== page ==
112 Forecasting Seasonal Rainfall Characteristics in Rwanda Using the NextGen Python-Based Climate Predictability Tool

Monday, 13 January 2020
Hall B (Boston Convention and Exhibition Center)
Asher Siebert, IRI, Palisades, NY; and M. Mbati, N. Acharya, A. Gahigi, and Á. Muñoz

Handout (2.0 MB)

As Rwanda is a primarily agrarian society, the timing and quantity of seasonal rainfall is of critical importance for food and livelihood security. The nation has a highly spatially variable climate because of large topographic differences and the complexity of the regional meteorology. This being said, the two main rainy seasons are in March-May and September-December. While the predominant moisture source for Rwanda is the Indian Ocean, some moisture is also advected from DR Congo especially during January-May. These complexities have made forecasting Rwanda’s rainfall a challenging enterprise. An additional confounding factor has been the limited meteorological station observation record from the mid-1990s to around 2010. In recent years, the ENACTS (Enhancing National Climate Services) initiative has been implemented in Rwanda to address the above-mentioned data gap and create a temporally and spatially continuous rainfall and temperature dataset for the country from the early 1980s to the present.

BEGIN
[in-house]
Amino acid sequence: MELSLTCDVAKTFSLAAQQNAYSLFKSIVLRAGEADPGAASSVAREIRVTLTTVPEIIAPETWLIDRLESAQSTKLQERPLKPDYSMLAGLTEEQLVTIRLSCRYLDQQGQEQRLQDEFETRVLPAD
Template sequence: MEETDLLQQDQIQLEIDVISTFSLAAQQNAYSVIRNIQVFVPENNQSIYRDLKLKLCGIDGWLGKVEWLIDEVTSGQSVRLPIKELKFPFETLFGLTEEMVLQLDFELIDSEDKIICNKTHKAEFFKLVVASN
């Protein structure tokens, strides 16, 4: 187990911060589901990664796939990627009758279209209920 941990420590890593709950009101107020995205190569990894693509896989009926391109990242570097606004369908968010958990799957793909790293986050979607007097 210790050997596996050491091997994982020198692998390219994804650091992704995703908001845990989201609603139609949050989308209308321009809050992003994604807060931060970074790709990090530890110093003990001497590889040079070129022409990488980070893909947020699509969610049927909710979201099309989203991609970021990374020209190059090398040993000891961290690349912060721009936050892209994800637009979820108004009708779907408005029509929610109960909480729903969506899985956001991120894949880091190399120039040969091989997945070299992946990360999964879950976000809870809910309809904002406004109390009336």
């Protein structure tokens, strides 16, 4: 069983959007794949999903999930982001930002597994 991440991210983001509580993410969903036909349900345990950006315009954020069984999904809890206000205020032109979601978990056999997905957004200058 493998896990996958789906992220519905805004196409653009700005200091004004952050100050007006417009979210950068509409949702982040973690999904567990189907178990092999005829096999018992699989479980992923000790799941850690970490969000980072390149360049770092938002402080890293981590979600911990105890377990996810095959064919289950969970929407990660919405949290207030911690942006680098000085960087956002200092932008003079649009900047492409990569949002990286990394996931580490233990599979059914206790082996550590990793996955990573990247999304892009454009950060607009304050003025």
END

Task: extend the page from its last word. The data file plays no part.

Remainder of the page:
Recently, scientists at the International Research Institute for Climate and Society have developed a Python-based version of the Climate Predictability Tool (PyCPT), as part of the Next Generation climate forecast system (#NextGen). Meteorologists at Rwanda’s Meteorological Agency, MeteoRwanda, are adopting and applying this innovation. This paper illustrates the #NextGen approach to forecast total rainfall and rainy day frequency in Rwanda for the March-May and September-December rainy seasons. PyCPT is here used to create both single model and multi-model forecasts (employing climate model output from the suite of models from the North American Multi-Model Ensemble, NMME). Gridded rainfall from both the Climate Hazard Group InfraRed Precipitation with Station Data (CHIRPS) and ENACTS datasets are used as high resolution predictands in this study. Skill metrics are calculated and gridpoint probability of exceedance graphs are generated.

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